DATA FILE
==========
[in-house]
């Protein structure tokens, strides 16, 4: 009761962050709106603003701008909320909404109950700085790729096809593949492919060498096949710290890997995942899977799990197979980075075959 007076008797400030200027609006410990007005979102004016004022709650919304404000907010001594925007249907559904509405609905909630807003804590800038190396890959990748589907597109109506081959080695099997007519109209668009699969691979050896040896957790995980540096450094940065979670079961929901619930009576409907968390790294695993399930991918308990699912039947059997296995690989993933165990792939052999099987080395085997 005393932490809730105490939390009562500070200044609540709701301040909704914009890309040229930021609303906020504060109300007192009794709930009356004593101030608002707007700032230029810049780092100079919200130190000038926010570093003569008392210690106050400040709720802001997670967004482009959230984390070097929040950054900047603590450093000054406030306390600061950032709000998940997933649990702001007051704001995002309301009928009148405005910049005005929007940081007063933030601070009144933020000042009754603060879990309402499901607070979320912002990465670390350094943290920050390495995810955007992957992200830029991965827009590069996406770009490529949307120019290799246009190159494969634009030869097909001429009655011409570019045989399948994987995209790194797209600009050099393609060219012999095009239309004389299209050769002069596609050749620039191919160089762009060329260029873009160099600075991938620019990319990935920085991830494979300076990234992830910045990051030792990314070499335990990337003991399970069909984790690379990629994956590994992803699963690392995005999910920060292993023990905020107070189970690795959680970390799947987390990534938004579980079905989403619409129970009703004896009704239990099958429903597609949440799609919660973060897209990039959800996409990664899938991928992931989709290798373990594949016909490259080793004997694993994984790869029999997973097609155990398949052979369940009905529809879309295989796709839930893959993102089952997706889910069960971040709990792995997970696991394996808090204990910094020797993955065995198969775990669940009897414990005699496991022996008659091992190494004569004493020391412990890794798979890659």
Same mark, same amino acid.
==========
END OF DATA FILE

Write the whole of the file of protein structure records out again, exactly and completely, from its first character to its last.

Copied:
[in-house]
């Protein structure tokens, strides 16, 4: 009761962050709106603003701008909320909404109950700085790729096809593949492919060498096949710290890997995942899977799990197979980075075959 007076008797400030200027609006410990007005979102004016004022709650919304404000907010001594925007249907559904509405609905909630807003804590800038190396890959990748589907597109109506081959080695099997007519109209668009699969691979050896040896957790995980540096450094940065979670079961929901619930009576409907968390790294695993399930991918308990699912039947059997296995690989993933165990792939052999099987080395085997 005393932490809730105490939390009562500070200044609540709701301040909704914009890309040229930021609303906020504060109300007192009794709930009356004593101030608002707007700032230029810049780092100079919200130190000038926010570093003569008392210690106050400040709720802001997670967004482009959230984390070097929040950054900047603590450093000054406030306390600061950032709000998940997933649990702001007051704001995002309301009928009148405005910049005005929007940081007063933030601070009144933020000042009754603060879990309402499901607070979320912002990465670390350094943290920050390495995810955007992957992200830029991965827009590069996406770009490529949307120019290799246009190159494969634009030869097909001429009655011409570019045989399948994987995209790194797209600009050099393609060219012999095009239309004389299209050769002069596609050749620039191919160089762009060329260029873009160099600075991938620019990319990935920085991830494979300076990234992830910045990051030792990314070499335990990337003991399970069909984790690379990629994956590994992803699963690392995005999910920060292993023990905020107070189970690795959680970390799947987390990534938004579980079905989403619409129970009703004896009704239990099958429903597609949440799609919660973060897209990039959800996409990664899938991928992931989709290798373990594949016909490259080793004997694993994984790869029999997973097609155990398949052979369940009905529809879309295989796709839930893959993102089952997706889910069960971040709990792995997970696991394996808090204990910094020797993955065995198969775990669940009897414990005699496991022996008659091992190494004569004493020391412990890794798979890659």
Same mark, same amino acid.